The infrastructure of the organization must have the
capability to incorporate producibility into the decision process for the
design and development of new products. Producibility must be in the forefront
of management decisions to pursue new products, introduce product
modifications, and support existing products. It is the management commitment
described in 1.1
that sets the tone for the enterprise's emphasis on producibility in the new
product introduction strategy.
Preliminary assessment of a potential product is the
initial process of translating customer needs into initial product concepts. An
IPPD approach should be implemented at this early stage. It is this attention to
producibility at the earliest conceptual stage that has the largest influence on
the eventual producibility and profitability of a product. Attention at this
stage can also result in more rapid transition from product concept to final
design. Of course, producibility is not the only consideration in decisions on
initial product concepts. This is the time that market analyses, risk analyses,
and organizational capability analyses are critical factors. A company must do
everything it can to make sure that its products deliver an appropriate
return-on-investment. The risks must be understood, and adequate resources must
From a producibility perspective, this strategy should
include consideration of insertion of newer technology after product
introduction; obsolescence of parts and sub-systems; the need for, and ease
of, post production support for the product; and the use of
commercial-off-the-shelf components and technologies in lieu of additional
technology development. As noted in 1.6 , use of
commercial best practices in the introduction of new products includes an
attempt to utilize only technology that is sufficiently mature. That is, to
only use technology that has already been demonstrated in the environment in
which it will be used and for which mature manufacturing processes have been
demonstrated on the factory floor. Step 2
important tools and techniques that should be used to understand current process
capabilities and to predict future capabilities.
With a management commitment to producibility, the
enterprise will be driven toward a new product strategy that incorporates
producibility. The emphasis of the organization will be on developing the
ability to include producibility aspects in every evaluation of potential new
products. The relationship between this new corporate infrastructure and
customers and key suppliers will permit more open communication of the
opportunities and risks. This new infrastructure must be capable of supporting
decision making processes that synergistically apply to all functional areas in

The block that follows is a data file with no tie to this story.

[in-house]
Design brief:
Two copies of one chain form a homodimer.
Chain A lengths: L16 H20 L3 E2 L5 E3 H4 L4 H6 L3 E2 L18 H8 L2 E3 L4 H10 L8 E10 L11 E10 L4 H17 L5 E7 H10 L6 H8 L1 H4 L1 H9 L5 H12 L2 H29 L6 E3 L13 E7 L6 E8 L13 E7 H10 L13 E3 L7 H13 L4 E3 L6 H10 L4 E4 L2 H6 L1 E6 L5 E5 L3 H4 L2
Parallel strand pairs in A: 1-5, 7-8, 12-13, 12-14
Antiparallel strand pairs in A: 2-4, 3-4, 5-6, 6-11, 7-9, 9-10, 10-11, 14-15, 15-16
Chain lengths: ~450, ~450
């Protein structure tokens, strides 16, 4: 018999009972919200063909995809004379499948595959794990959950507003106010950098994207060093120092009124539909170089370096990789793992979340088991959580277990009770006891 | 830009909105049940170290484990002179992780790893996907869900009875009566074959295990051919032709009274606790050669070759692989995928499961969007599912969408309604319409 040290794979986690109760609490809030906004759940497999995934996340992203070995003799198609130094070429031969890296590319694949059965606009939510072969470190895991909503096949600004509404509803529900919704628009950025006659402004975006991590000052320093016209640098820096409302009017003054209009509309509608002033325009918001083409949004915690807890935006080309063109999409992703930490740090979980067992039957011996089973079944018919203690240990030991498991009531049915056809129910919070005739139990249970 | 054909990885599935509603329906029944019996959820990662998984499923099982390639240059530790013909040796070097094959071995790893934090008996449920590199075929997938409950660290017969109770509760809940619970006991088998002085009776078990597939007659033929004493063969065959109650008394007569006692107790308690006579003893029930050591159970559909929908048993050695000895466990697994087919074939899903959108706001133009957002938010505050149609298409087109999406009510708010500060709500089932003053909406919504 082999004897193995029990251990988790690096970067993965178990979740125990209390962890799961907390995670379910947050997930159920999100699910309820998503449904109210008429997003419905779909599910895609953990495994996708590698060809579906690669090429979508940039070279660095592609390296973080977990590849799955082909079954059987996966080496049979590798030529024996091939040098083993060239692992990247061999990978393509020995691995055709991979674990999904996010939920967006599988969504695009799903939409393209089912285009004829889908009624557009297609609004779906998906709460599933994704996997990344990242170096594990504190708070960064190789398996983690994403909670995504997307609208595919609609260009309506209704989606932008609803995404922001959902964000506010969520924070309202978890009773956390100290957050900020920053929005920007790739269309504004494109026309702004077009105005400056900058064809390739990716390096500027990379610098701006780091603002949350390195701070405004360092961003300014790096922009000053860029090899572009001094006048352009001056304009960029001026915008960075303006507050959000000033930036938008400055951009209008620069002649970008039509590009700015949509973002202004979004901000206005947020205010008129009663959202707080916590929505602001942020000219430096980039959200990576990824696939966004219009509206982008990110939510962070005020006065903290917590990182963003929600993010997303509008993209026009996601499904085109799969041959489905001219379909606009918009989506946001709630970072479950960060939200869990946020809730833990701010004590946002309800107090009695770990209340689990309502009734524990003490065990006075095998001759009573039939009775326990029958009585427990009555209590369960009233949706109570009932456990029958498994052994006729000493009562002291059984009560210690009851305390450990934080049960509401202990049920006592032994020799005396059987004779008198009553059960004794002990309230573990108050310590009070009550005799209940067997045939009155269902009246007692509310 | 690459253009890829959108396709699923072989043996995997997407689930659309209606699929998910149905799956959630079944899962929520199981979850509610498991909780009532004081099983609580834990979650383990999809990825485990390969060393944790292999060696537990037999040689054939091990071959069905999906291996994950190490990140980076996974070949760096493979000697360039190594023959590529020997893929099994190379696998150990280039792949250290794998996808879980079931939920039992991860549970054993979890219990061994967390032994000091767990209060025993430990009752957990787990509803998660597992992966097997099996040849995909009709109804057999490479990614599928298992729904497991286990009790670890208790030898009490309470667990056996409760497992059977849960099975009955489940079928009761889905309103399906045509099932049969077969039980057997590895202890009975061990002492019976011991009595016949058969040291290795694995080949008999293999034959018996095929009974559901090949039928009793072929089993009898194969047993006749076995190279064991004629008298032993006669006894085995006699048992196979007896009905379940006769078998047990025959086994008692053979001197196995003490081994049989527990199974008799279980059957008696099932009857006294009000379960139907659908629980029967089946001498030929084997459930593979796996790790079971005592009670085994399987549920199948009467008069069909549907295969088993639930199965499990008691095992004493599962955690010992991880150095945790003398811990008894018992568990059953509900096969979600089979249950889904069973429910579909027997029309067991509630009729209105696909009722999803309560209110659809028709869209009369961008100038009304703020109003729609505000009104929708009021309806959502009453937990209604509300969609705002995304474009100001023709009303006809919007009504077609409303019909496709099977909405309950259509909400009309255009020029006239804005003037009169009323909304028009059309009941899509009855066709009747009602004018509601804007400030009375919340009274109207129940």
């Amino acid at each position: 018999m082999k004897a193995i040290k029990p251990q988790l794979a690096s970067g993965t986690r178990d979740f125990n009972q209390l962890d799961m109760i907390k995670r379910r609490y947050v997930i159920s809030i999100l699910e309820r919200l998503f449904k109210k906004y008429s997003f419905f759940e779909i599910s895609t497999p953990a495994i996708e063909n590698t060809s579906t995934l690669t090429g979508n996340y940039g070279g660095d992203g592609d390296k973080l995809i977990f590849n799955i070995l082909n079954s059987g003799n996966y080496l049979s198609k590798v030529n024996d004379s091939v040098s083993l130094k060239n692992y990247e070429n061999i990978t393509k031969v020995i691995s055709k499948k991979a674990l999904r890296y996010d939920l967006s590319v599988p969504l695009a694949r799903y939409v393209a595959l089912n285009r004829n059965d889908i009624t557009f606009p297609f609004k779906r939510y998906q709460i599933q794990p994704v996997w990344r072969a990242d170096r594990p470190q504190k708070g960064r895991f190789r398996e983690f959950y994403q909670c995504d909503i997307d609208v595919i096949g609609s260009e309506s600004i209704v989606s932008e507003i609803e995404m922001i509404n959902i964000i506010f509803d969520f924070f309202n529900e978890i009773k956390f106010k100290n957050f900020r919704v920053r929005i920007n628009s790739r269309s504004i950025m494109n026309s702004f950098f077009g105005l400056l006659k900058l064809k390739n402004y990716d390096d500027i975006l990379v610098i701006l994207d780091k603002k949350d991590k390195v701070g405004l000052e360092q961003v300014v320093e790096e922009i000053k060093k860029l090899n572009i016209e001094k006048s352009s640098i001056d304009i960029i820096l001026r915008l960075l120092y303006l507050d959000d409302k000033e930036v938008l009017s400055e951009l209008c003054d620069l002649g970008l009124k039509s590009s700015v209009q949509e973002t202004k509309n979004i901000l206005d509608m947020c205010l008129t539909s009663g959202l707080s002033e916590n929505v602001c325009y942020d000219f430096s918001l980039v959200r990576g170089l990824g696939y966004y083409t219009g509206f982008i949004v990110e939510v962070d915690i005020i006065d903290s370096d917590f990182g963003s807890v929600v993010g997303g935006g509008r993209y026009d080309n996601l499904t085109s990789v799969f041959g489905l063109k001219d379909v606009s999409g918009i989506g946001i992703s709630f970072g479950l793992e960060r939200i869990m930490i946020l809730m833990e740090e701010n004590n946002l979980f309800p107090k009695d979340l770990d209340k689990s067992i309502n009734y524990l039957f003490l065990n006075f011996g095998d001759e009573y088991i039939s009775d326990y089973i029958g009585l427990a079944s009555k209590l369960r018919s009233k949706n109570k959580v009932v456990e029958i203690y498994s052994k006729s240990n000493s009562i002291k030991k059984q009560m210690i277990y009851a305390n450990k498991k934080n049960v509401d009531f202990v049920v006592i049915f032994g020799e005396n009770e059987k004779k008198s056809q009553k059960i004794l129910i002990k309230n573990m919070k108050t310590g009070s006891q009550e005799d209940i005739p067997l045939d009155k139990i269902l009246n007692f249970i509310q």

the planning, manufacture, distribution, and implementation of new products and
their subsequent impact on the entire organization.
Case Study 10 in Appendix D highlights the importance of
incorporating producibility into an organization's new product introduction
The ability to forecast the producibility of a new
product is important in determining that product's success and a company's
continued profitability. Benefits include reduced transition time, reduced
implementation costs, and maintainable schedule commitments.
Staff: Management must be committed to the execution of this strategy and
must provide the resources and support required to implement it. Support for
the understanding of process capabilities (see 2.1)
and the identification of future process capabilities (see 2.2
) is critical.
members of the IPT should be exposed to the precepts of this strategy and must
be made aware of the enterprise's current and projected capabilities based on
the activities presented in Step 2 .
The primary mechanism for incorporating producibility
into a company's new product introduction strategy is the implementation of an
IPPD process at the earliest stages of the product conceptualization. At every
point in the development process, the maturity of manufacturing processes must
be weighed against performance, cost, and other decision criteria. The process
capabilities of the enterprise and its suppliers that are determined as part
of Step 2 are
critical for the effective implementation of this producibility system
element. At the earliest stages of development, estimates of producibility are
made based on similar technologies and products. These estimates become the
basis for the producibility aspect of product evaluation. If a decision is
made to proceed to product design, specific data is accumulated, whenever
possible, to support further producibility assessments. This focus on
producibility is critical to all phases of the product cycle. In particular,
it must be a primary aspect of the trade studies conducted during the
preliminary and detailed design phases (see 3.3
- Dedicate funding for personnel, resources, and
equipment to address producibility.
- Include manufacturing personnel on product development
teams from the start.
- Identify manufacturing processes for new product
- Assess process maturity and capability and use as a
criteria for product concept selection.
- As appropriate, establish manufacturing development
projects to provide estimated development costs, estimated capital costs,
schedules, and risk levels.
- As appropriate, demonstrate process feasibility and
identify equipment requirements, equipment costs, and risk levels.
- Identify manufacturing procedures needed to provide a